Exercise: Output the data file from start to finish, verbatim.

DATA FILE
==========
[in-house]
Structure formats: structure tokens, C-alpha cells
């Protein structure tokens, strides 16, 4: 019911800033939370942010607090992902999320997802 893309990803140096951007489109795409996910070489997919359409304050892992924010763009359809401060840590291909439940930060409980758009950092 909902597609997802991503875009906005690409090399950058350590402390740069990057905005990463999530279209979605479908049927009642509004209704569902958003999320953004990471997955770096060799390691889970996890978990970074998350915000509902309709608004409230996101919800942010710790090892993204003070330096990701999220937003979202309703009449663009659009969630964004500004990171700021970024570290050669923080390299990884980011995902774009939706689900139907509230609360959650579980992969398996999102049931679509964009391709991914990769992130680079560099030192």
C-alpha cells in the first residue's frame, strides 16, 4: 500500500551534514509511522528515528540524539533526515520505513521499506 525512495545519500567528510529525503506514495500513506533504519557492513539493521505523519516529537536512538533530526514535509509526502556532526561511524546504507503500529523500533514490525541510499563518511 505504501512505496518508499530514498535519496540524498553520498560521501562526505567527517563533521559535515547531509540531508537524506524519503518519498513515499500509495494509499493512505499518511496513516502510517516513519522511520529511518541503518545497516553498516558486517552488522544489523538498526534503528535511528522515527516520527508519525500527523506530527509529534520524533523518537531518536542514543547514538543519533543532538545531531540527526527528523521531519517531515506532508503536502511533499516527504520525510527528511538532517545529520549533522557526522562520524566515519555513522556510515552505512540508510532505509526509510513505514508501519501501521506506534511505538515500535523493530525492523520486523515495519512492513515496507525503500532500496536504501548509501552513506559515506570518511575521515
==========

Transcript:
[in-house]
Structure formats: structure tokens, C-alpha cells
């Protein structure tokens, strides 16, 4: 019911800033939370942010607090992902999320997802 893309990803140096951007489109795409996910070489997919359409304050892992924010763009359809401060840590291909439940930060409980758009950092 909902597609997802991503875009906005690409090399950058350590402390740069990057905005990463999530279209979605479908049927009642509004209704569902958003999320953004990471997955770096060799390691889970996890978990970074998350915000509902309709608004409230996101919800942010710790090892993204003070330096990701999220937003979202309703009449663009659009969630964004500004990171700021970024570290050669923080390299990884980011995902774009939706689900139907509230609360959650579980992969398996999102049931679509964009391709991914990769992130680079560099030192």
C-alpha cells in the first residue's frame, strides 16, 4: 500500500551534514509511522528515528540524539533526515520505513521499506 525512495545519500567528510529525503506514495500513506533504519557492513539493521505523519516529537536512538533530526514535509509526502556532526561511524546504507503500529523500533514490525541510499563518511 505504501512505496518508499530514498535519496540524498553520498560521501562526505567527517563533521559535515547531509540531508537524506524519503518519498513515499500509495494509499493512505499518511496513516502510517516513519522511520529511518541503518545497516553498516558486517552488522544489523538498526534503528535511528522515527516520527508519525500527523506530527509529534520524533523518537531518536542514543547514538543519533543532538545531531540527526527528523521531519517531515506532508503536502511533499516527504520525510527528511538532517545529520549533522557526522562520524566515519555513522556510515552505512540508510532505509526509510513505514508501519501501521506506534511505538515500535523493530525492523520486523515495519512492513515496507525503500532500496536504501548509501552513506559515506570518511575521515